Running is a common exercise and activity for many people. The human body is built for endurance, and running is a great way to improve cardiovascular health. However, improper form and lack of preparation can put undue stress on your joints, increasing your chances of injury. Trauma can also develop if your body doesn’t heal immediately, leading to severe injuries.
By practicing the following tips from orthopedic experts, you can minimize your injury risk and improve your running.
Choose a Good Running Shoe
Your shoes are arguably the most crucial equipment you will need for running, as your feet make contact with the ground thousands of times when you run. Each impact transmits mechanical forces throughout your entire body. Without proper protection, you may develop tendonitis and other overuse injuries. In addition, the wrong shoe can make you more vulnerable to sprains and strains.
The proper running shoes can help cushion the impact, provide correct ergonomics, and protect your feet from trauma. Unfortunately, it can be difficult to choose appropriate shoes, given the wide range of available options.
Your pair of shoes must perform well in three areas: providing cushioning, maintaining stability, and facilitating motion control. Different categories of shoes are appropriate for different gaits and levels of physical activity. Consult with your physician about gait analysis. This is a running test that can help pinpoint potential problems with your strides, and the results can help you choose the appropriate shoes.
When buying shoes, always check the midsole to see if it provides the correct amount of firmness for your needs. Check the overall size and shape of the shoe to see if it fits well. There should also be room for your toes to wiggle freely. To get accurate results, know your shoe size beforehand and wear socks during the fitting.
Fix Your Exercise Routine
Running is an intensive activity that requires preparation. Before you go for a run, make sure to stretch and do warm-up exercises. Your stretching routine should include both static and dynamic movements. Start with mild activities such as brisk walking to slowly raise your heart rate. After the run, perform a similar cool-down routine to allow your body to come to equilibrium gradually.
A good warm-up routine helps your body prepare for rigorous activities. It stimulates your muscles and connective tissues, enabling them to perform better, and reduces the risk of sprains. In the same token, cool-down exercises help prepare your body for rest and recovery.
Running stimulates many muscles, but it mainly focuses on your lower body. For optimal health, have an exercise routine that complements your running activities. Introducing variety to your workouts can help stimulate your muscles in different ways and fix any muscular imbalances to ensure that your strength and mobility translate better to your daily activities.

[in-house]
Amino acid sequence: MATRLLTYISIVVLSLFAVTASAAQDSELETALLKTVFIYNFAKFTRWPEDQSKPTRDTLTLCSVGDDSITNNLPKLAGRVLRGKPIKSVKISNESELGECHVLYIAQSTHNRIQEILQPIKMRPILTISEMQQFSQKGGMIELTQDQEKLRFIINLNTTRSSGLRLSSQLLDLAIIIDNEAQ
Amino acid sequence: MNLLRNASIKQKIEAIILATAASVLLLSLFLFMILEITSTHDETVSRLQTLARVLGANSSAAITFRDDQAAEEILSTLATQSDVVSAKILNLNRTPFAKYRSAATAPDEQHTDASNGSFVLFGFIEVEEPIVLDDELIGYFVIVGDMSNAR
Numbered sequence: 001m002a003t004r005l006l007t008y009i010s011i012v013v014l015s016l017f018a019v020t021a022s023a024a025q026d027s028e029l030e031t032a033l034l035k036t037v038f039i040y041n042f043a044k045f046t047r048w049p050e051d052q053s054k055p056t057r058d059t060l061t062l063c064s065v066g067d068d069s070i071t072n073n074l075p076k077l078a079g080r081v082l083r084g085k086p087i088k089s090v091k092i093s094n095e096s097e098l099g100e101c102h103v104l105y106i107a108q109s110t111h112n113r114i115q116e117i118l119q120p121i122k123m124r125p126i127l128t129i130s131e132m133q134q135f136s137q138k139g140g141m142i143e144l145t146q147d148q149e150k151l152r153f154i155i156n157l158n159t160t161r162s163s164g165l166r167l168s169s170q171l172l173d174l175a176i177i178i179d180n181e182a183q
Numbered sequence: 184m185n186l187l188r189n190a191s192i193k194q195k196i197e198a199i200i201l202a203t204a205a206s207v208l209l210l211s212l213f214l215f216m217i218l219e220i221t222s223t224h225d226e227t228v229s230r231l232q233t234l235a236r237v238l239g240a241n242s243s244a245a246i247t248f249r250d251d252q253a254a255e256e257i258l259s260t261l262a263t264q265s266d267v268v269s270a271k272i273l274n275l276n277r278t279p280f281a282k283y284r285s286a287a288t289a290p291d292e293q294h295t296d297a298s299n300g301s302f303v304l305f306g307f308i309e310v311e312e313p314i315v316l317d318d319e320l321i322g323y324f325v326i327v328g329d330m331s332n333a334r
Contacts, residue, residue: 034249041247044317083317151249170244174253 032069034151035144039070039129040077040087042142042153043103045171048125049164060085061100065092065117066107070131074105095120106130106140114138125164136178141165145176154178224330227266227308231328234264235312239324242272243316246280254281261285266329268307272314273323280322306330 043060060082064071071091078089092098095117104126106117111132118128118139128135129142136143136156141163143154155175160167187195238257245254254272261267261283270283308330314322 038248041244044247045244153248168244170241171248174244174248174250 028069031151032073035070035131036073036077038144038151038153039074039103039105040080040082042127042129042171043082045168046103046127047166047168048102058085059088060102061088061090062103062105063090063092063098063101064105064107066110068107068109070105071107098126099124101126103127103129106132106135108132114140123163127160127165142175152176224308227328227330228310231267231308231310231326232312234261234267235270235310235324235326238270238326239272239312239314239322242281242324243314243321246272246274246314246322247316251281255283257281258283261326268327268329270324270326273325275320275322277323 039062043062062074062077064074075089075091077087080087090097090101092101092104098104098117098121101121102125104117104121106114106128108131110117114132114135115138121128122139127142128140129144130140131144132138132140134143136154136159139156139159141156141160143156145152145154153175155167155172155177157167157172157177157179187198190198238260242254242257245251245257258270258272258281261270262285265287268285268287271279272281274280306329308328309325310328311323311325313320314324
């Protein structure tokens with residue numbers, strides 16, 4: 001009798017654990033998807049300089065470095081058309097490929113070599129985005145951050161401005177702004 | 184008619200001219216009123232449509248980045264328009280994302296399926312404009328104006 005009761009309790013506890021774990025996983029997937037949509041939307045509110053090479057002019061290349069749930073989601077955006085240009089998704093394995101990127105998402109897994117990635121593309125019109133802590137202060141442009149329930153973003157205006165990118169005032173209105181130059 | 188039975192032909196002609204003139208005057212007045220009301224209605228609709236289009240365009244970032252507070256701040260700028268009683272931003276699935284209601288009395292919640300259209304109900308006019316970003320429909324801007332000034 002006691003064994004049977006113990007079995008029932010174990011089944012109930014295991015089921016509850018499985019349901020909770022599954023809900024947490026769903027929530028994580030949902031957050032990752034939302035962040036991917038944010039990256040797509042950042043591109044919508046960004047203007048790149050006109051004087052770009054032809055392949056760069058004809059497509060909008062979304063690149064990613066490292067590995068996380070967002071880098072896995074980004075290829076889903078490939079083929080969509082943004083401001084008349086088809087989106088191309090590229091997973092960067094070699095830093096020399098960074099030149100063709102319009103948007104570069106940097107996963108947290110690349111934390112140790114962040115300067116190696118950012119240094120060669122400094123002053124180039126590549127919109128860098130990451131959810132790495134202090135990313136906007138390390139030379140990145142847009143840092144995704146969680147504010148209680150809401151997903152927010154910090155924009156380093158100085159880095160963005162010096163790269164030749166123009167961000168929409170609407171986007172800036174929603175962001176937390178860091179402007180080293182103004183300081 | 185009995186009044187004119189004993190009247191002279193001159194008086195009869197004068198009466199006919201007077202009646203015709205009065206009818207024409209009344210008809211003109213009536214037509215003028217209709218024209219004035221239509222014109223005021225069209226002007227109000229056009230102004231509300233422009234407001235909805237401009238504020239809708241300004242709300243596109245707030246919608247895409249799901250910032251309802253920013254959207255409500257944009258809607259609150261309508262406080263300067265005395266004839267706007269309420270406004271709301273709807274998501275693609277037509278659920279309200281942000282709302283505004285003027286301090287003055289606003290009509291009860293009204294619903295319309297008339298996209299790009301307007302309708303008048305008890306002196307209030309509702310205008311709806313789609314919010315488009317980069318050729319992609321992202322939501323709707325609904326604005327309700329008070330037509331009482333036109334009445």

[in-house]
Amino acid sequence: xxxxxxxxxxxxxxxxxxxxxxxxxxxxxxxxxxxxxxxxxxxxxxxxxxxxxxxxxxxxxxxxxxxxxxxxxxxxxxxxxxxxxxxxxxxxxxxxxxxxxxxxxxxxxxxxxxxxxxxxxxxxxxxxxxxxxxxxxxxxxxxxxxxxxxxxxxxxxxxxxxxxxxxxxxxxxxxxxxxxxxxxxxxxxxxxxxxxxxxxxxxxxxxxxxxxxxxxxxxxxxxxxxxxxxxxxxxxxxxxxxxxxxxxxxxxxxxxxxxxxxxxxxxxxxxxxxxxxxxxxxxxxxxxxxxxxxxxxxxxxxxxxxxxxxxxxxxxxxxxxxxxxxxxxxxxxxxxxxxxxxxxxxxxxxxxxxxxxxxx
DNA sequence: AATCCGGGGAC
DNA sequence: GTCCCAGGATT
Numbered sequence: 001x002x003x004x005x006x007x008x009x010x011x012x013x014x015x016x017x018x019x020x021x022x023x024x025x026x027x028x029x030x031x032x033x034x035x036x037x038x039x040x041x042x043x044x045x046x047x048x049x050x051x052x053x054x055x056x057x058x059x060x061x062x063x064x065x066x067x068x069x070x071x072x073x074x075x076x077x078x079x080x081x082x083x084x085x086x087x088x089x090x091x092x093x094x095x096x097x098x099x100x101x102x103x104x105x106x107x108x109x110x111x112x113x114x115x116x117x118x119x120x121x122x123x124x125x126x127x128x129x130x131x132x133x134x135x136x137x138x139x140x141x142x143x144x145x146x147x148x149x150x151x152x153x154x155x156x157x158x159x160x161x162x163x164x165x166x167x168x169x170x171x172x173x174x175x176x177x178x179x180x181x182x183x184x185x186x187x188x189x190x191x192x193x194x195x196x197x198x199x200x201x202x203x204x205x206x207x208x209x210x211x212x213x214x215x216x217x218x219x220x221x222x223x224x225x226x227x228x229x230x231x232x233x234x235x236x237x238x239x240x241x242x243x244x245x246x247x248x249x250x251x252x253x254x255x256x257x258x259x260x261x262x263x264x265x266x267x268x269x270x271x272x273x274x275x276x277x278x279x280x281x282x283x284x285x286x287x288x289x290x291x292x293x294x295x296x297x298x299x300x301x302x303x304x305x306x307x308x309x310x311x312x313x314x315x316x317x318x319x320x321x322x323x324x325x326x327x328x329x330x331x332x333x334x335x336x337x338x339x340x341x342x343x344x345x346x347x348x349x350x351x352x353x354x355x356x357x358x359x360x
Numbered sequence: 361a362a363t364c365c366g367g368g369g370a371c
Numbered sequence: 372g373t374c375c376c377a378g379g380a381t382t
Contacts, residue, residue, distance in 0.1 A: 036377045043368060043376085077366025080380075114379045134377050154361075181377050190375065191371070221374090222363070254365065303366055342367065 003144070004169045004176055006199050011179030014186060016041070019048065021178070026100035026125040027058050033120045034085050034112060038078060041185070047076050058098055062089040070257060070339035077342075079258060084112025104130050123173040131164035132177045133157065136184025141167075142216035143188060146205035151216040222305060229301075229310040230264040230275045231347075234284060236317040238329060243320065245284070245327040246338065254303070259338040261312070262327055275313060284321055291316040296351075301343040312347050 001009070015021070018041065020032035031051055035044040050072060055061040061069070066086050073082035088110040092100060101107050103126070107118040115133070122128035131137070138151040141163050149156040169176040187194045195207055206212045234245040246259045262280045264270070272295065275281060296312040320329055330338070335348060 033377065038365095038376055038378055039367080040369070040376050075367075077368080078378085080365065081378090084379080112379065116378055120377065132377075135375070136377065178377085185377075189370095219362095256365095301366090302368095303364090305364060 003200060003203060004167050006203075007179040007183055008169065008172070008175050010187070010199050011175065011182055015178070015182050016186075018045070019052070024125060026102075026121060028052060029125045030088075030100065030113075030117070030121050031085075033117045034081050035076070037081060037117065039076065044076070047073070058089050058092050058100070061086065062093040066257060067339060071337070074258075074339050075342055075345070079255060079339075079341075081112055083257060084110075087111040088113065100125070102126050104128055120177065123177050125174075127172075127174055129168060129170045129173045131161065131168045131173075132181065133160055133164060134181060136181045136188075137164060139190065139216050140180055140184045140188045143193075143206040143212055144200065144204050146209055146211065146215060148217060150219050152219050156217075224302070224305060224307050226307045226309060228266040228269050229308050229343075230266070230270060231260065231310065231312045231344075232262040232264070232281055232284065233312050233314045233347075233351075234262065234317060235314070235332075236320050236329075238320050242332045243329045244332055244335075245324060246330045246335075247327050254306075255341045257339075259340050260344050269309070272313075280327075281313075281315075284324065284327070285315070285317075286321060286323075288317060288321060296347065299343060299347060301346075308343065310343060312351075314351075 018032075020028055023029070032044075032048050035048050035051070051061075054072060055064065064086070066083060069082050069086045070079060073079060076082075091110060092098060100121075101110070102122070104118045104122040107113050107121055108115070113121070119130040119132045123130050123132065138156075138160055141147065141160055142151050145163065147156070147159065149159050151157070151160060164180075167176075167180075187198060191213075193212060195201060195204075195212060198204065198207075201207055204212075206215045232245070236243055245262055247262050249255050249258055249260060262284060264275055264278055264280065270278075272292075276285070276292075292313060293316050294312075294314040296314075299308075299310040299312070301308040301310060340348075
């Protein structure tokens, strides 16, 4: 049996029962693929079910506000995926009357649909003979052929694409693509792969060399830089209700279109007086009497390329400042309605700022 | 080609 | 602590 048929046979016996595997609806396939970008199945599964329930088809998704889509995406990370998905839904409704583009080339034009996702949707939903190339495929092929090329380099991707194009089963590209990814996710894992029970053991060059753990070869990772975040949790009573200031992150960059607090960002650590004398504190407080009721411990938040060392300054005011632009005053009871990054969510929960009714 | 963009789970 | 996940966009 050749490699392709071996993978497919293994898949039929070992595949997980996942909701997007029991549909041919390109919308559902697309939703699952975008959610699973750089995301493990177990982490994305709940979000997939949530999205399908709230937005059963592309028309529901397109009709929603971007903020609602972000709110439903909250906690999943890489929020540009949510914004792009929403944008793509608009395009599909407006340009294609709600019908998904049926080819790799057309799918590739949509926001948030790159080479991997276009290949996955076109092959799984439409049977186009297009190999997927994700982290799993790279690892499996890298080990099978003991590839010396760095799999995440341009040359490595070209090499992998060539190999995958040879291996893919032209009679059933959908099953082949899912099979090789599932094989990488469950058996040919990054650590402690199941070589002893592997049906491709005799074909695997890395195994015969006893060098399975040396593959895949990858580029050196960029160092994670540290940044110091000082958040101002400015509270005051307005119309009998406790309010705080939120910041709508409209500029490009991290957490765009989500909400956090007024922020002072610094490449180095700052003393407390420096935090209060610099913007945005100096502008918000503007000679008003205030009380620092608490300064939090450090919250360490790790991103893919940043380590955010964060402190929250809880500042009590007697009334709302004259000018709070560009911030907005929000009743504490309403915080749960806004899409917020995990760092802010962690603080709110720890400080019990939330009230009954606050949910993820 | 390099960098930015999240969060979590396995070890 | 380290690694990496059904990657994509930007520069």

Consider adding a strength training program, such as weightlifting, to your exercise routine. The additional strength gains can improve your performance during your runs. At the same time, the increased endurance from running means that you progress more with your strength training. Strength training also protects joints from sprains and other injuries by strengthening the musculoskeletal system.
Exercise doesn’t create a strong body overnight. It takes time for your body to remodel itself. Typically, it takes several weeks for performance improvements to become noticeable; therefore, do not expect immediate results.
Gradual progression is necessary for any exercise routine. Proceeding too quickly with more intense runs can be dangerous. Injuries can occur in joints that handle much of the workload, such as a knee ligament injury.
To stay safe, stick to a program that allows you to perform longer and harder runs over weeks. Gradual progression will permit your body to grow stronger without increasing the risk of injuries.
Understand Sprains and Other Injuries
Accidents can happen even to the most cautious runners. It pays to understand the risk of common injuries, as well as their signs and symptoms, so you can detect them quickly and seek treatment.
The most common injuries associated with running are sprains, which indicate damage to connective tissues. A common condition associated with running due to overuse is plantar fasciitis, in which the tough band of the ligament in your foot becomes inflamed. Another example is Achilles tendonitis, where damage occurs in the Achilles tendon. Runners’ knee and iliotibial band syndrome are other conditions that involve connective tissues.
Orthopedic Care in San Antonio
Proper running involves developing a comprehensive exercise plan and preventing common running injuries. Using good running shoes highly benefits runners. Many injuries and conditions improve with adequate rest and gentle exercises. Early consultation and treatment can prevent them from worsening, helping you get back on your feet quicker.
The Center for Orthopaedic Surgery and Sports Medicine provides patient-centered care for many orthopedic sports conditions. Our facility in San Antonio, Texas, provides top-notch rehabilitative and surgical care. Learn more by calling us at (210) 692-7400 or by setting up an appointment.